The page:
Solar makes teriffic sense for really long term off-grid power, such as those emergency phones or remote sensors. For the short term, taking apart a working PV grid to bring to burning man is a lot of work.
I bought a 42 watt solar panel for Burning Man back in 2002, before I had come to the above realizations. A panel like that, unless on a motor, is going to generate about 300 to 400 watt-hours per day. That means you can store its entire output for the week in two of the $80 110 amp-hour marine batteries from costco. In addition, I discovered that no matter how green you try to be, there are people nearby running generators. Generators often running at low output whose power is also largely being discarded, and into which one can plug a charger at close to no fuel cost. So I put the panel on my house and didn't bring it back to the playa.
However, I get the sense many of the panels I see at Burning Man are not panels temporarily borrowed from 100% utilization sites. If your panels go back to somewhere their power is discarded, I'm afraid they are "evangelical green" rather than "true green."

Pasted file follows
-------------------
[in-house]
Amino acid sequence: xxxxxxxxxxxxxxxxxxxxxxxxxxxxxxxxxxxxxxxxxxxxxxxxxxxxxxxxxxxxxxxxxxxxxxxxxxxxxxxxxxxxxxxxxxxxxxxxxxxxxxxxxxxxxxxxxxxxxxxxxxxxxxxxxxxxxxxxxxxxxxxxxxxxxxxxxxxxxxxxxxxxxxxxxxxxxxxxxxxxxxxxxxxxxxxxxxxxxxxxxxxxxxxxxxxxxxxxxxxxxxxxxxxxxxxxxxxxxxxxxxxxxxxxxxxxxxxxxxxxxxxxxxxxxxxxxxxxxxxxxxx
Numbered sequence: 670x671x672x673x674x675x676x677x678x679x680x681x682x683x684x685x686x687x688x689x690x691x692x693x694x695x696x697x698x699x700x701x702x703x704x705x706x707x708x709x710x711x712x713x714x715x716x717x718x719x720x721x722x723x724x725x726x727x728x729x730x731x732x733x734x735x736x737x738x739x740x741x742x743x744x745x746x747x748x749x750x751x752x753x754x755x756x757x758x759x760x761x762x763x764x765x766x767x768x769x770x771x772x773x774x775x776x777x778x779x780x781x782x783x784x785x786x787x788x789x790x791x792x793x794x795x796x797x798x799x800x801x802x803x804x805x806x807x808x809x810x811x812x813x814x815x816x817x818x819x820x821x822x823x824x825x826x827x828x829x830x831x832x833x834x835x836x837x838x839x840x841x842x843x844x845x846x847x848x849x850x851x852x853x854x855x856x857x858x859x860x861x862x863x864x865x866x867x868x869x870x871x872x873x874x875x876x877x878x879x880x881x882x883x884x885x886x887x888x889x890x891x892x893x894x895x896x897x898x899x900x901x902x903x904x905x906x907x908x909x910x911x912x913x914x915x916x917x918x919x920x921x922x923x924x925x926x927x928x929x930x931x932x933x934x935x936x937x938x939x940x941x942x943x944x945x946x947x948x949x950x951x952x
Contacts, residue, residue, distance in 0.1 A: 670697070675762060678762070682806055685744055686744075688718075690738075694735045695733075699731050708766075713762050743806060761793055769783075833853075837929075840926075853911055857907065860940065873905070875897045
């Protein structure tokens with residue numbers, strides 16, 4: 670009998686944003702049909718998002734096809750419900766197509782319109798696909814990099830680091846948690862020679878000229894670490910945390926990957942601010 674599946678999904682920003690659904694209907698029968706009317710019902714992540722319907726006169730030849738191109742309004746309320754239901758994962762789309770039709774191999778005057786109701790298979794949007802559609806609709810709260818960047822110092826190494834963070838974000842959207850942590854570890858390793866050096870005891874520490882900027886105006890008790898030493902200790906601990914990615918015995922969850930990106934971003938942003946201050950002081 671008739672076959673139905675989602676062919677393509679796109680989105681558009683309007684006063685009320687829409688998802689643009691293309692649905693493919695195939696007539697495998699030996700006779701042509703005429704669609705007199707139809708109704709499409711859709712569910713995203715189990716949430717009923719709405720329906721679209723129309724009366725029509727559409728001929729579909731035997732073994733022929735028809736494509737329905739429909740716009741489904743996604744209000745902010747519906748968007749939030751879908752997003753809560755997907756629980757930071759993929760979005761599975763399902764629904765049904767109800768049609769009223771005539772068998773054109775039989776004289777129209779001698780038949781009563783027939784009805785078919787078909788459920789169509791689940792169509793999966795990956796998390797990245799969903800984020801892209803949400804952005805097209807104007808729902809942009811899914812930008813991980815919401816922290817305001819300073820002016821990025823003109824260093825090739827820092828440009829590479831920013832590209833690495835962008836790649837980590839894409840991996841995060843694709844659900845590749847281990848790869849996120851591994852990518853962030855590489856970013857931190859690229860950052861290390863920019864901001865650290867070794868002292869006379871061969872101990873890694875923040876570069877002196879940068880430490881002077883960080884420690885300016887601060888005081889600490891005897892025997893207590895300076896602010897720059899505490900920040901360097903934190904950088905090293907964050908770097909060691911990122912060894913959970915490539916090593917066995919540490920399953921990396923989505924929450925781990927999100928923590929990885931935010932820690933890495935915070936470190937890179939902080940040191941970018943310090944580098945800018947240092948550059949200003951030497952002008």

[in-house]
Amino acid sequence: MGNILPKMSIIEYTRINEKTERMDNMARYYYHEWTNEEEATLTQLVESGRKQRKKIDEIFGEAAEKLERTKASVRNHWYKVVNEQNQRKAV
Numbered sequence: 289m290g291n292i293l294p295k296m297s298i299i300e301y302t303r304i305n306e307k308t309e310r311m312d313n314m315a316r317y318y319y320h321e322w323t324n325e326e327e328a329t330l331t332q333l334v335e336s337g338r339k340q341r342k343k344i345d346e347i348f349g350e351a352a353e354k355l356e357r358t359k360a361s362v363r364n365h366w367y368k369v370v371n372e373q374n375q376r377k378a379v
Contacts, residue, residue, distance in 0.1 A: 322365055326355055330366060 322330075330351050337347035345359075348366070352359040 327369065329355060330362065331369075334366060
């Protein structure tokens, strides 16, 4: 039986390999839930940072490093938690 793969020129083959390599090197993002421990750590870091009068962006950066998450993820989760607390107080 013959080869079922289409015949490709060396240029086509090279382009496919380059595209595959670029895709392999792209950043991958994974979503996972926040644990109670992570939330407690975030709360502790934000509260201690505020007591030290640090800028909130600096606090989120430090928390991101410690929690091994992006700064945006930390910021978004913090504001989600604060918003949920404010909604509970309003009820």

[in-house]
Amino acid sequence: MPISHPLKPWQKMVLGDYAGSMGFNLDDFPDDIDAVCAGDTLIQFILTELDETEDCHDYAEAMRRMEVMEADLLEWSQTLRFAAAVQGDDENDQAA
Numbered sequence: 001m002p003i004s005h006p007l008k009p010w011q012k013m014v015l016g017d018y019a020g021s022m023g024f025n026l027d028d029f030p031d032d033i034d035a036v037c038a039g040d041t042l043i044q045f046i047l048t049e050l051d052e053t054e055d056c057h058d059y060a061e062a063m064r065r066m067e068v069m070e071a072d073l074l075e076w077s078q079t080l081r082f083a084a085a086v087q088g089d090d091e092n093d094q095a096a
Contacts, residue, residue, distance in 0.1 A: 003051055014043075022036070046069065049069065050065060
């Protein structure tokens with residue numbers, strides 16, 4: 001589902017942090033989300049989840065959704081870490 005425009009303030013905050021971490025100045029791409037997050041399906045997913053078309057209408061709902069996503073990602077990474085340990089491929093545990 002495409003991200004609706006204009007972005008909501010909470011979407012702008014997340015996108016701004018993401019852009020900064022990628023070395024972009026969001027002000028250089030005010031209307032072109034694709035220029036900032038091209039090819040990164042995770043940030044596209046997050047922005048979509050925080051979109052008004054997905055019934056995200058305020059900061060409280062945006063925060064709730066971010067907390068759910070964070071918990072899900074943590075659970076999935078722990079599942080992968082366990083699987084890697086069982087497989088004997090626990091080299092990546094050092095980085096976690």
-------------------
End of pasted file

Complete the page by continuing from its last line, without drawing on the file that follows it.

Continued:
Evangelical Green vs. True Green
Evangelical green activites are attempts to be environmentally conscious as a demonstration, in the hope that a trend can be started or encouraged that will lead to actual "true green" sustainable systems. There can be merit to this approach, but one must be careful. There is a danger of actually promoting "false green" activities that are actually significantly more environmentally damaging than the alternative.
For example, there are arguments that ethanol/methanol production burns anywhere from just below, to somewhat over a gallon of petrofuel to produce the equivalent energy amount of biofuel. Not only is demand for petrofuel not reduced, but we end up making twice the greenhouse gas for the "renwable" energy. Most tellingly, ethanol producers do not use their own product to fuel their farms and plants.
I've seen differing reports on the reliability of wind power at BRC. While there seem to be steady winds on the Playa, it's not as powerful as it seems. However, there is power to be had here for those with wind equipment.
In 2005, my camp and 2 others joined to power our camp on a biodiesel generator. Burning Man also got 3 generators and another camp did the same, so a total of 5 were delivered to the Playa, and a local Nevada company provided B99.9 biodiesel made from recycled vegetable oil. Getting rental gensets that the owner would allow biodiesel in was much harder than it should be, and we paid a fortune to truck them up from Las Vegas. Aside from the fuel for that truck, petrofuel usage was light.